Monday, March 28, 2005

Move Over Blogs: Here Come Podcasts

Interesting article about the growing popularity of podcasts and how it can apply to marketing.

Their key areas:
1. Interview various authors and leaders in your industry. Hey! Why not take it one step further and interview your customers?

2. Provide a thought-provoking idea or tip of the day.

3. Offer late-breaking podcast industry news compiled from sources across the Web that you monitor on a daily basis.

4. Provide a good mechanism for feedback

5. Sponsor existing, high-quality podcasts.

A great article.


Move Over Blogs: Here Come Podcasts

2 comments:

Ted Roche said...

Here's my hesitation with getting into audiocasts:

I've been a fan of audiocasts from IT Conversations, especially The Gillmor Gang, as audio background when I'm making a long drive to a client. (Burnt to CD and played on the car CD player - how analog!) But I just don't have the hours in the day to devote to listening. With blogging and RSS aggregation, I can skim perhaps 500 or 1000 postings in a day, picking up a NYT article of interest, or a new posting from Alex Feldstein. But I don't know of a practical way to do that with audiocasts. Do you?

Andrew MacNeill said...

I think everyone has their own way of dealing with podcasts/audiocasts but here's the idea.

1. Most people have access to a media player/iPod/PDA/Mp3 player

2. You create a playlist of your favorite materials.

3. When at home, you listen to your playlist (in order) of the things you want to hear.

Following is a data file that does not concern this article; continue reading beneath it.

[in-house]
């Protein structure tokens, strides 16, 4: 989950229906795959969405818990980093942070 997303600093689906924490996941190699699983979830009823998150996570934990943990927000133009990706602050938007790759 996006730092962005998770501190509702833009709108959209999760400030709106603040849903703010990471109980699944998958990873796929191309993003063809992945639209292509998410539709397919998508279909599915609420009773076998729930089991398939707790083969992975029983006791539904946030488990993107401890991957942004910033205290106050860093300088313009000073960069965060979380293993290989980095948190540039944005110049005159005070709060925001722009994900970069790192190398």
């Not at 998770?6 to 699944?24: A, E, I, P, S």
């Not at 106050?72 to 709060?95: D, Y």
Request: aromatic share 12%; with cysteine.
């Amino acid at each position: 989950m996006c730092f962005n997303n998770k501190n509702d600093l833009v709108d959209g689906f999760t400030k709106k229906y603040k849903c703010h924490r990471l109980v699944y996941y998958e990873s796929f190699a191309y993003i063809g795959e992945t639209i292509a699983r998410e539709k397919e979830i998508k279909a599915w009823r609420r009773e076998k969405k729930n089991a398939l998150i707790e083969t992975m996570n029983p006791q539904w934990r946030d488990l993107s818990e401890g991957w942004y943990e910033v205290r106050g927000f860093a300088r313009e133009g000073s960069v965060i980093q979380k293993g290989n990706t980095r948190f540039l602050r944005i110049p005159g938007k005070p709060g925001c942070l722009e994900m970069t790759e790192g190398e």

When in the car, you use an iTrip, FM transmitter or a GM Car (who have announced they will provide Line In inputs on all their future cars), and listen to it over their stereo.

When on the go, Gasp! become anti-social and use headphones.

Typically I do the car approach and Carl Franklin's got a great new idea with his DailyCommute which will take individual news stories and put them into their own podcast so you can just sync up, get in the car and listen to YOUR news, your way.

Yes, it's a bit different and at this point, tougher to get up to the minute news but it sure beats burning it onto the CD.

I agree with something like IT Conversations where you actually WANT to listen but other times, it's just better than radio.

I find it also the same with videocasts or streams (like those on FoxCast.org). You have to make the time to do it - however, I find putting in the Daily Source Code (or the FoxShow - another shameless plug), into the car when I get stuff keeps me up to speed on things when I have to be on the go.